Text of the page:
Learn Why Self-Care Is Important for People Helping Older Adults


People can put so much time and effort into helping others that they hurt themselves.


Some might think it’s selfish to take a break. But people who take care of themselves can better help others.


People who take care of themselves while helping older adults:

  • Feel less stress about helping

  • Are less likely to get sick or develop health problems

  • Are able to help for a longer amount of time

  • Are able to help in more difficult situations

Any activity that someone enjoys and that helps them to relax can be part of their self-care.


Self-care doesn’t need to take much time or effort. Short self-care activities can fit into busy daily schedules.


Self-care could include:

  • Treats for the senses, like listening to favorite music, taking a warm bath, breathing in fresh air or walking barefoot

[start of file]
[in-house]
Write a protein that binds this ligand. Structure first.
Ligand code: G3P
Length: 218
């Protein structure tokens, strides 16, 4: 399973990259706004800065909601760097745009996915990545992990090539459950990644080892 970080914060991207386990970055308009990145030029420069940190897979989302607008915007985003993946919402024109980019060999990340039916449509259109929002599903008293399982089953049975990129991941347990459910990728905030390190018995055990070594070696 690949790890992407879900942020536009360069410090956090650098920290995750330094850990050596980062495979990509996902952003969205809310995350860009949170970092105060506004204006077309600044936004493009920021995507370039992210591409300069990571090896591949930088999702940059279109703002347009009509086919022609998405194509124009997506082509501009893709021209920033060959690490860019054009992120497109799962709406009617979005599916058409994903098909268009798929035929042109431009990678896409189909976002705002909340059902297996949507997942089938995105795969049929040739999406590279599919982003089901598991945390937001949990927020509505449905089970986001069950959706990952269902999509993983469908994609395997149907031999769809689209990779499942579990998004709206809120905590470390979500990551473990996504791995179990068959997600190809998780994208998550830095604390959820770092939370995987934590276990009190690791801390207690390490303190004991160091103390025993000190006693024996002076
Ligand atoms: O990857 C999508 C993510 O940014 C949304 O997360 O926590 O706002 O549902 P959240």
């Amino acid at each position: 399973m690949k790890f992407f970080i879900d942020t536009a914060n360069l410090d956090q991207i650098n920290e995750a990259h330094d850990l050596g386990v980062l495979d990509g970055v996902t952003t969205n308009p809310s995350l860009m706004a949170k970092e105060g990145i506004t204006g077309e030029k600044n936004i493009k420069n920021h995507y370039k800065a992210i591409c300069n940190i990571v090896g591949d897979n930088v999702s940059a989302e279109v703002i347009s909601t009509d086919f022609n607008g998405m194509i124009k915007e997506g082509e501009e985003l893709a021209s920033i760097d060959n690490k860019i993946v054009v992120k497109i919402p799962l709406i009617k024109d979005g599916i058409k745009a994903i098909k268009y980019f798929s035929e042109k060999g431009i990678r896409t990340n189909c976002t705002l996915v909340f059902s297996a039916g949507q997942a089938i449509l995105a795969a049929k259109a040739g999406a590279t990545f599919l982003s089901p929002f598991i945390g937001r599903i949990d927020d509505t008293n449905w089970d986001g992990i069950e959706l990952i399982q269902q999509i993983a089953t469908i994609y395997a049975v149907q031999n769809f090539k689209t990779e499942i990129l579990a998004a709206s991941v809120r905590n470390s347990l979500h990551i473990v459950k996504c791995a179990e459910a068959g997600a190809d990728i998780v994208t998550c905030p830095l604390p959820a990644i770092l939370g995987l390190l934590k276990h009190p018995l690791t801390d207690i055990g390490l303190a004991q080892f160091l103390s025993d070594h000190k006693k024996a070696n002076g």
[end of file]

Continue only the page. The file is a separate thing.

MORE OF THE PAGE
• Pleasant breaks, like watching a movie, driving around, listening to a podcast or sitting quietly in a comfortable space

  • Mental or artistic activities, like reading, doing a crossword puzzle, writing in a journal, coloring or taking pictures

  • Special treats, like getting a massage, going to a nice restaurant or visiting a favorite place

  • Physical activities, like jogging, doing yoga, gardening, going for a walk, bicycling or swimming

  • Social connections, like calling a friend, getting coffee with others or going to a support group meeting

  • Religious, spiritual or mindful practices, like praying, meditating, focusing on the breath or listing the positive things that happened that day

  • Celebrating small things, like enjoying a sunny day, spending time with a pet or wearing favorite clothes

Self-care also includes healthy habits, like eating balanced meals, getting enough sleep, setting healthy limits, exercising and making regular healthcare appointments.